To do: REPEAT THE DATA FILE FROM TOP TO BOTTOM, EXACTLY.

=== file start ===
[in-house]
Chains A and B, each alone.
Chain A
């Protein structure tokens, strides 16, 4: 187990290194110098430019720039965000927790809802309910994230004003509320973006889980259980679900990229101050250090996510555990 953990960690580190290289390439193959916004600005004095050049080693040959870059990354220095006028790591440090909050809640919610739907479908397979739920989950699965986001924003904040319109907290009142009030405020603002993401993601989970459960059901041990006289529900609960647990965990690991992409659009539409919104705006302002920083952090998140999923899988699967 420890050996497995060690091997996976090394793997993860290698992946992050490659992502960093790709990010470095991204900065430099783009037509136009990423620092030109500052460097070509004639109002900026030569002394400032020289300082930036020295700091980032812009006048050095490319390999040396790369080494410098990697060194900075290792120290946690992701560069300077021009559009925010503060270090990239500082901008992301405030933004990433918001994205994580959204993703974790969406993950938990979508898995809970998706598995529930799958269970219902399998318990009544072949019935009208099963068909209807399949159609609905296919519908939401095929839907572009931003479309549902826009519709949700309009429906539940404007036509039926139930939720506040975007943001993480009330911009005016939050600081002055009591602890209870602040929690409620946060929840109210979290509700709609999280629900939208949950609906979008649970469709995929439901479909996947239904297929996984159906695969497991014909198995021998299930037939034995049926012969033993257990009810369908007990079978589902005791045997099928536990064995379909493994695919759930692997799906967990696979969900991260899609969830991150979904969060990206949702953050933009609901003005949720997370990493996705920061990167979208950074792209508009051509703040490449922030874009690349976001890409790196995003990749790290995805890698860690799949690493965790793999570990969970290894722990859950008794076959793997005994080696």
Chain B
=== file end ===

[in-house]
Chains A and B, each alone.
Chain A
């Protein structure tokens, strides 16, 4: 187990290194110098430019720039965000927790809802309910994230004003509320973006889980259980679900990229101050250090996510555990 953990960690580190290289390439193959916004600005004095050049080693040959870059990354220095006028790591440090909050809640919610739907479908397979739920989950699965986001924003904040319109907290009142009030405020603002993401993601989970459960059901041990006289529900609960647990965990690991992409659009539409919104705006302002920083952090998140999923899988699967 420890050996497995060690091997996976090394793997993860290698992946992050490659992502960093790709990010470095991204900065430099783009037509136009990423620092030109500052460097070509004639109002900026030569002394400032020289300082930036020295700091980032812009006048050095490319390999040396790369080494410098990697060194900075290792120290946690992701560069300077021009559009925010503060270090990239500082901008992301405030933004990433918001994205994580959204993703974790969406993950938990979508898995809970998706598995529930799958269970219902399998318990009544072949019935009208099963068909209807399949159609609905296919519908939401095929839907572009931003479309549902826009519709949700309009429906539940404007036509039926139930939720506040975007943001993480009330911009005016939050600081002055009591602890209870602040929690409620946060929840109210979290509700709609999280629900939208949950609906979008649970469709995929439901479909996947239904297929996984159906695969497991014909198995021998299930037939034995049926012969033993257990009810369908007990079978589902005791045997099928536990064995379909493994695919759930692997799906967990696979969900991260899609969830991150979904969060990206949702953050933009609901003005949720997370990493996705920061990167979208950074792209508009051509703040490449922030874009690349976001890409790196995003990749790290995805890698860690799949690493965790793999570990969970290894722990859950008794076959793997005994080696």
Chain B